Media measurement's second coming

With decisions made on the future of outdoor and digital audience, and VOZ now in the market, there's finally momentum back in the business of media measurement

Welcome to Unmade, mostly written on a grey Tuesday afternoon at Sisters Beach.

This morning, it’s a whole other picture. There’s mist on the horizon as the sun comes up over Sisters Island, but otherwise not a cloud in the sky. It might only be six degrees C here in Tasmania, but it looks like spring has sprung.

So, pinch, punch, first of the month. Also, happy Ginger Cat Appreciation Day.

Unmade’s numbers are still growing fast. We’re up to 898 signups. That’s pretty amazing, considering it’s only been just over a week since starting.

Back in the beginning of Mumbrella, we took a few liberties to find our audience. I added people I’d crossed paths with into the database, with the cheesy (and now I come to think of it, slightly passive aggressive) message: “We think of you as friends and family, but feel free to unsubscribe if you don’t feel the same way.” This time round, every one of those Unmade signups has been spontaneous. Thank you for joining me so early in this Substack adventure. Please do tell a friend or colleague who might benefit from signing up. There’s even a handy button to make it easy for them:

Today’s writing soundtrack: You Am I’s Hourly, Daily, which has just celebrated its 25 anniversary. Back in 2013, I sat opposite Tim Rogers at a dinner to launch a new music show he was hosting for SBS’s sadly now dead subscription TV arts channel Studio. While I came away thinking what a throughly nice (and remarkably tall) person he was, it only dawned on me in the years that followed, as I got to know Australian music better, what a privilege that evening had been.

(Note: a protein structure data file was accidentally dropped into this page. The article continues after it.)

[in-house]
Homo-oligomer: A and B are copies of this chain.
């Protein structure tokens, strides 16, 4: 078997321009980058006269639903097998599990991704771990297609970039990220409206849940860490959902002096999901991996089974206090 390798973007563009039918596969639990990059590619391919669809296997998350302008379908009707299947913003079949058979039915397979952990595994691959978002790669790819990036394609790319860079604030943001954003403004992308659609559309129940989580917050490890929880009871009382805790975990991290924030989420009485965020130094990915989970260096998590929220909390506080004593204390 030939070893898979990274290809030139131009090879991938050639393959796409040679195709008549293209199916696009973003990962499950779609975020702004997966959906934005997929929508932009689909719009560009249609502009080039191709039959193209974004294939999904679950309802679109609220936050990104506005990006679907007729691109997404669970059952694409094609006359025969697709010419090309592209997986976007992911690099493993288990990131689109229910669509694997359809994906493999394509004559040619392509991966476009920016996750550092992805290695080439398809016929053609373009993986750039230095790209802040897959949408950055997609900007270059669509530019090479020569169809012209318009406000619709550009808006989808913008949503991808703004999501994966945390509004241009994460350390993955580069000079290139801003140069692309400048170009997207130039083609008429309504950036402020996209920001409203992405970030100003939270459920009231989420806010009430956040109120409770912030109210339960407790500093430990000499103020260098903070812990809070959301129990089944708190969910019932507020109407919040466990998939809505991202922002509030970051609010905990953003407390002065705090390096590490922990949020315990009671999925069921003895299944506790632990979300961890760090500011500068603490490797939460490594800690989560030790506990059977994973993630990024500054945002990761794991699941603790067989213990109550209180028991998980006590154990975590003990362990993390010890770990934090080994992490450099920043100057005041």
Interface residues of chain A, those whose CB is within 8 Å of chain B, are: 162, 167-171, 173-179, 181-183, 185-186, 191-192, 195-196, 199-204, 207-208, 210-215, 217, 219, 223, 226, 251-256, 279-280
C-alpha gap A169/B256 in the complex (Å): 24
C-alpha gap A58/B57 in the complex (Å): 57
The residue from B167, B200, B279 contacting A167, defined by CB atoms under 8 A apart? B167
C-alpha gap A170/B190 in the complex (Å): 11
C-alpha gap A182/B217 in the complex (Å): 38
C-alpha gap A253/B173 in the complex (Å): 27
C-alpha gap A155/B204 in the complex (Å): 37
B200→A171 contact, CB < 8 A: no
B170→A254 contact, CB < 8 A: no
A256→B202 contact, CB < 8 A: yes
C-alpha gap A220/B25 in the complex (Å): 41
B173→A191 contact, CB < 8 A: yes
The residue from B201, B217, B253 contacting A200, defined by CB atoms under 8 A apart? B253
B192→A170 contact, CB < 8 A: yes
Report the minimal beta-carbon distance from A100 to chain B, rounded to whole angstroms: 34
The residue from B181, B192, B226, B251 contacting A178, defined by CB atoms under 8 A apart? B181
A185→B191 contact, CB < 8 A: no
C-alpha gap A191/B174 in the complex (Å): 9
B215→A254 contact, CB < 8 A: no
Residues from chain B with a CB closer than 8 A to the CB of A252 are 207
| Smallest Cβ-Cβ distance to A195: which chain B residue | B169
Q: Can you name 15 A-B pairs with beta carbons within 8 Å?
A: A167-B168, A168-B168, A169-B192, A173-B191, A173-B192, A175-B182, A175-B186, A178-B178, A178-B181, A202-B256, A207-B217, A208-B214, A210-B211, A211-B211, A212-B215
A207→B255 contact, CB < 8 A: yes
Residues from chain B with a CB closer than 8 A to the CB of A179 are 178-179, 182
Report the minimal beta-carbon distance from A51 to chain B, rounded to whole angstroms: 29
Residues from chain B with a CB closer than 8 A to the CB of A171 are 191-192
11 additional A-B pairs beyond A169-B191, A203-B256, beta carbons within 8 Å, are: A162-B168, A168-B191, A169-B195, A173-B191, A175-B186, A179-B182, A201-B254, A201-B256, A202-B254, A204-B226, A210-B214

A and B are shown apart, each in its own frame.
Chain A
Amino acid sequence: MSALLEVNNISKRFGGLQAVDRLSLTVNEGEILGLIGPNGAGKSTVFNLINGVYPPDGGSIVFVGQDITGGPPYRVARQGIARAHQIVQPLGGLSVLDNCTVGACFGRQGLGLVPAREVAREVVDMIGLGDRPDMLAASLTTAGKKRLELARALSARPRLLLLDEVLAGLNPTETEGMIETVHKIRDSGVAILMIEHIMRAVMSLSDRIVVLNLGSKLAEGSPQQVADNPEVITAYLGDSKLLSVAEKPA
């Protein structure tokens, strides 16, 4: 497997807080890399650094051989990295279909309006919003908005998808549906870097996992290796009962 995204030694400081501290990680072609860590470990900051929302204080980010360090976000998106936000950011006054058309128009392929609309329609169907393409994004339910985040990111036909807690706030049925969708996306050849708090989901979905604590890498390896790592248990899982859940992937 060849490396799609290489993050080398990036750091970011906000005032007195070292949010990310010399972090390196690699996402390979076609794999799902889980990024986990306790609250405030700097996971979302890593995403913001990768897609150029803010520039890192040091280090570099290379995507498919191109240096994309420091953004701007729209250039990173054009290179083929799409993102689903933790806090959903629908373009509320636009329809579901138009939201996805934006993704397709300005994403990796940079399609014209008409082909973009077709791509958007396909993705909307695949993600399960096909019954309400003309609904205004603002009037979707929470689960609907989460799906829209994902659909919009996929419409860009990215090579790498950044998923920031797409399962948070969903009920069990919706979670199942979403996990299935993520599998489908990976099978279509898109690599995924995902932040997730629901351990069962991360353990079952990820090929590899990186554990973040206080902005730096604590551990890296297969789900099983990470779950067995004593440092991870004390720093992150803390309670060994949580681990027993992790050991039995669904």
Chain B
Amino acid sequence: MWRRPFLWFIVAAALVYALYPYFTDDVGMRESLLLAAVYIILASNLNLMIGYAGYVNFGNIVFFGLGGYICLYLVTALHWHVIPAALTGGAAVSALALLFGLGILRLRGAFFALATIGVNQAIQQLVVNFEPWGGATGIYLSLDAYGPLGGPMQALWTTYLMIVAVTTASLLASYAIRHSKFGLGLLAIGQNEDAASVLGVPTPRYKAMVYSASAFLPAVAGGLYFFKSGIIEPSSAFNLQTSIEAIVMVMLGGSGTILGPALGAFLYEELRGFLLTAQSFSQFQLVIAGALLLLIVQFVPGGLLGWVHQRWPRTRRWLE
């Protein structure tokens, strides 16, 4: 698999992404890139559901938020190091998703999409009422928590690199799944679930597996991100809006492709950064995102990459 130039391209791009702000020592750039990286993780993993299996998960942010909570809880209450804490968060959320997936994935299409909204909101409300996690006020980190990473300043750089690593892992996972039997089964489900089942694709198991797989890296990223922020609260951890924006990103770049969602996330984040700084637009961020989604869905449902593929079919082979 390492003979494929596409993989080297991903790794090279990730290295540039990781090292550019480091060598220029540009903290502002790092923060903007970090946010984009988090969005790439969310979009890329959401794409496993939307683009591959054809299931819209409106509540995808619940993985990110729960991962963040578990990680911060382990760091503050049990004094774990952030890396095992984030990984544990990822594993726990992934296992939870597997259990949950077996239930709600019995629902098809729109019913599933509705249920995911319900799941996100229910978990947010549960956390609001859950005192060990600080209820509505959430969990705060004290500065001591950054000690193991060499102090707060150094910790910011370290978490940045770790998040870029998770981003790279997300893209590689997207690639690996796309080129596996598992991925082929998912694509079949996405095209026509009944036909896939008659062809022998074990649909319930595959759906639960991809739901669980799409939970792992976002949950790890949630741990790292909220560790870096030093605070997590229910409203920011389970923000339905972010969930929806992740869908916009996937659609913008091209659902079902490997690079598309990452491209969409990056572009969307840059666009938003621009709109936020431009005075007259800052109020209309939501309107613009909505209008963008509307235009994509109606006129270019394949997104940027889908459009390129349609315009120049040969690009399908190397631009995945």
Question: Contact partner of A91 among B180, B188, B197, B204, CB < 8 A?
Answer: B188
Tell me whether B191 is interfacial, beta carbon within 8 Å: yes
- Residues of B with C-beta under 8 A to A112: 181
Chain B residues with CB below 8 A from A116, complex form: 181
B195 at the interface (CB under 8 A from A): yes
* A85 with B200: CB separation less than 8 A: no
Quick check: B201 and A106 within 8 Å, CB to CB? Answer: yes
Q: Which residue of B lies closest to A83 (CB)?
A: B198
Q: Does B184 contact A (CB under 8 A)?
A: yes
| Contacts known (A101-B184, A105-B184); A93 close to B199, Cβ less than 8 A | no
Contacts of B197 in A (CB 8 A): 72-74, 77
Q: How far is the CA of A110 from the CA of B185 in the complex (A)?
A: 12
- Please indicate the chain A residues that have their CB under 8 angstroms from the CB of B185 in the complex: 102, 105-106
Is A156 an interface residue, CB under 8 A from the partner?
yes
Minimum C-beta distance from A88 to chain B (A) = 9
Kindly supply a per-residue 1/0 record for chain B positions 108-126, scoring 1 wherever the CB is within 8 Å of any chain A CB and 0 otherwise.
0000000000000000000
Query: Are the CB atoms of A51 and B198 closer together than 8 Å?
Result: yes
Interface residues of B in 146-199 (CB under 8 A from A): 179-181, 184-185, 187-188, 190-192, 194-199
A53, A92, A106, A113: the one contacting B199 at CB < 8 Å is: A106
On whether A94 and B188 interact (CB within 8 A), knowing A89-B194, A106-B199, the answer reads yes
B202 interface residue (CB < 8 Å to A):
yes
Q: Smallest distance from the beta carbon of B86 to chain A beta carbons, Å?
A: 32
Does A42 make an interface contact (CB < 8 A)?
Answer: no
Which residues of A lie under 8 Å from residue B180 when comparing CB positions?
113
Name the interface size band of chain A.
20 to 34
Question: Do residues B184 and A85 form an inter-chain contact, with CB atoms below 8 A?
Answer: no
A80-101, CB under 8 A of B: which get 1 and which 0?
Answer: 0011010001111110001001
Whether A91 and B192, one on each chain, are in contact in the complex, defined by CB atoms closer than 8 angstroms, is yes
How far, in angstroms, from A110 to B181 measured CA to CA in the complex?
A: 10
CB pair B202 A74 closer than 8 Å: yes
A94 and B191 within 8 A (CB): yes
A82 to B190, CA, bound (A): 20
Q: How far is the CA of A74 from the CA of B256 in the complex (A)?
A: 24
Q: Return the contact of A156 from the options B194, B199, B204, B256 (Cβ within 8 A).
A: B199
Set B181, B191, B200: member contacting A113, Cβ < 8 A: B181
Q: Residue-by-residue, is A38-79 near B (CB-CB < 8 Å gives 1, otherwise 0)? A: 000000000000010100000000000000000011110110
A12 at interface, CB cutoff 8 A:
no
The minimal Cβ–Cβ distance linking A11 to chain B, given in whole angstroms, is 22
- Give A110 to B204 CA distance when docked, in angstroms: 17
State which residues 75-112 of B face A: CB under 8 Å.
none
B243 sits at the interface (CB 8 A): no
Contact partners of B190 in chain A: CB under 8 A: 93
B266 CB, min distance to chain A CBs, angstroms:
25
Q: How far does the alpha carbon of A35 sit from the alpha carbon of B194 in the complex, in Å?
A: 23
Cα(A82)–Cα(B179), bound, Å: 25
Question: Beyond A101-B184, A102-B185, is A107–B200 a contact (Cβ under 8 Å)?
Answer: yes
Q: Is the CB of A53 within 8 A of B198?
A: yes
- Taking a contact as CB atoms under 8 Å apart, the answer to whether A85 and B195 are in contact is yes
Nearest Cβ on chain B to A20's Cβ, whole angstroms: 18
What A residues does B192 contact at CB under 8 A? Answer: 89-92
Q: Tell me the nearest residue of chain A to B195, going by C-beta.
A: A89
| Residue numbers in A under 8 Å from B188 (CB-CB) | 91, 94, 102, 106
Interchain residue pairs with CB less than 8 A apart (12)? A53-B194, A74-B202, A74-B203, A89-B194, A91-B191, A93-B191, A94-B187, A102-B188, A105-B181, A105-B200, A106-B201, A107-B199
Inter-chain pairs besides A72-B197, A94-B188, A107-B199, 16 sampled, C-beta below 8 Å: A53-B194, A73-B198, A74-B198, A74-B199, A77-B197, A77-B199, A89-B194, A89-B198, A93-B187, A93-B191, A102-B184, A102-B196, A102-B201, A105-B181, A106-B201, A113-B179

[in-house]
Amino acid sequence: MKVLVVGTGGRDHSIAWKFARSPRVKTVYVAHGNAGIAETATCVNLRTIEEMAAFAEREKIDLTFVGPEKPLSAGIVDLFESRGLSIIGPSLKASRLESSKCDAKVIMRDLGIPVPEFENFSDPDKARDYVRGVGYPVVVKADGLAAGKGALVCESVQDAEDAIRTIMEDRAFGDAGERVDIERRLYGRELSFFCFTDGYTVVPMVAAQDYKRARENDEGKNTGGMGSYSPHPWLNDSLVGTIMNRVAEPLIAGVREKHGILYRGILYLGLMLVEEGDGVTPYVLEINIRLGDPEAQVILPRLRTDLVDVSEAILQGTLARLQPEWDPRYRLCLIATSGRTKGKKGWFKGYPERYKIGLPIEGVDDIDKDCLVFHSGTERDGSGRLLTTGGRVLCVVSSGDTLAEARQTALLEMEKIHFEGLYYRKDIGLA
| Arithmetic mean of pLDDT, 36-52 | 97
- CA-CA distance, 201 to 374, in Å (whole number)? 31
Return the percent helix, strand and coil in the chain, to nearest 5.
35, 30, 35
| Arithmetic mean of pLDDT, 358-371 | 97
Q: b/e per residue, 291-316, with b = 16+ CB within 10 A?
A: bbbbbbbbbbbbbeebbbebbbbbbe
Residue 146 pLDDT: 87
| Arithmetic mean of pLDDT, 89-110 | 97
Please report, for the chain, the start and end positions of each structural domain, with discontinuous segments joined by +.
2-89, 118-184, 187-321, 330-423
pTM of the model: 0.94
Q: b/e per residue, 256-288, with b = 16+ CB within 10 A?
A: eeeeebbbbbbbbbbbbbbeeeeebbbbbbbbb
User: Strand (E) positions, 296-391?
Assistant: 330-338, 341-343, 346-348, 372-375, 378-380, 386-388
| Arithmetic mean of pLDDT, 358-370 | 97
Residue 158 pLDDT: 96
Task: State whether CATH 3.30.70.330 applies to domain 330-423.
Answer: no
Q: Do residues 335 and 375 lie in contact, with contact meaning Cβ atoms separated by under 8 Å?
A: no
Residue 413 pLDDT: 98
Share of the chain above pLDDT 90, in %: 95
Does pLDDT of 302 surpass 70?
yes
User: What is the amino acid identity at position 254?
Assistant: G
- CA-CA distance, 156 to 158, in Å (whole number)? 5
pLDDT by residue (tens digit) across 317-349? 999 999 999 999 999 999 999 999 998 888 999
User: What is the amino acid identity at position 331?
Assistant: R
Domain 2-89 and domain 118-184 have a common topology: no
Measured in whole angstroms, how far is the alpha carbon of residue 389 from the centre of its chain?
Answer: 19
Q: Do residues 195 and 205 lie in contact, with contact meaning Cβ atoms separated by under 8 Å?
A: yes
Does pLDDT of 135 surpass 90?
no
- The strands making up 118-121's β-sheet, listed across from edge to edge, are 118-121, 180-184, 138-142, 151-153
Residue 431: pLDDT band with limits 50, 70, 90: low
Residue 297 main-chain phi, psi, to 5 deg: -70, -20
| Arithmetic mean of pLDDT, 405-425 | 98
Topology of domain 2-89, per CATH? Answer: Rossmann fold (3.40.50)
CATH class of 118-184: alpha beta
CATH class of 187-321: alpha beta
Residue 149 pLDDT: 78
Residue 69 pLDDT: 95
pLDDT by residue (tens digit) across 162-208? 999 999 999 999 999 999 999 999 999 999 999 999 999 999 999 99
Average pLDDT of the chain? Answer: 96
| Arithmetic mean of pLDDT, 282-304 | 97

This week has been all about audience surveys. Yesterday morning, the radio industry’s fifth ratings survey of the year arrived. And on Monday, the IAB finally dropped Nielsen from its audience system.

Fordham back on top

We’ll start with Sydney radio.

Ben Fordham got the headlines seven weeks ago when he lost the number one slot. And he got them again yesterday when his 2GB show regained the lead.

Few people now working in Australian media would remember a time when 2GB was not at number one, thanks to Alan Jones dominating the breakfast timeslot. So it was a momentous moment when Kiis FM’s Kyle & Jackie O overtook his successor Fordham in the fourth survey of the ratings year.

A lot has changed in Australia since then of course. The two sets of ratings represent radically different environments.

Survey four covered April 18 to June 26. It was a time when the country was enjoying freedom from Covid and we were all naively optimistic that we had put the worst of the pandemic behind us.

It was only at 6pm on Saturday June 26, the last day of the previous survey as it happens, that Sydney belatedly went back into the lockdown from which it is yet to emerge.

Because the radio surveys operate in waves, this week’s results include a crossover with the previous set. So survey five covers May 23 to June 26, then resumed from July 11 to August 14.

Understandably, Sydney listeners went back to talk radio. As the lockdown got underway, listeners returned to AM talk radio and Fordham stopped giving NSW premier Gladys Berejiklian such an easy ride. Her 11am press conference became as much of a daily appointments as Dan Andrews’ had in the big Melbourne lockdown.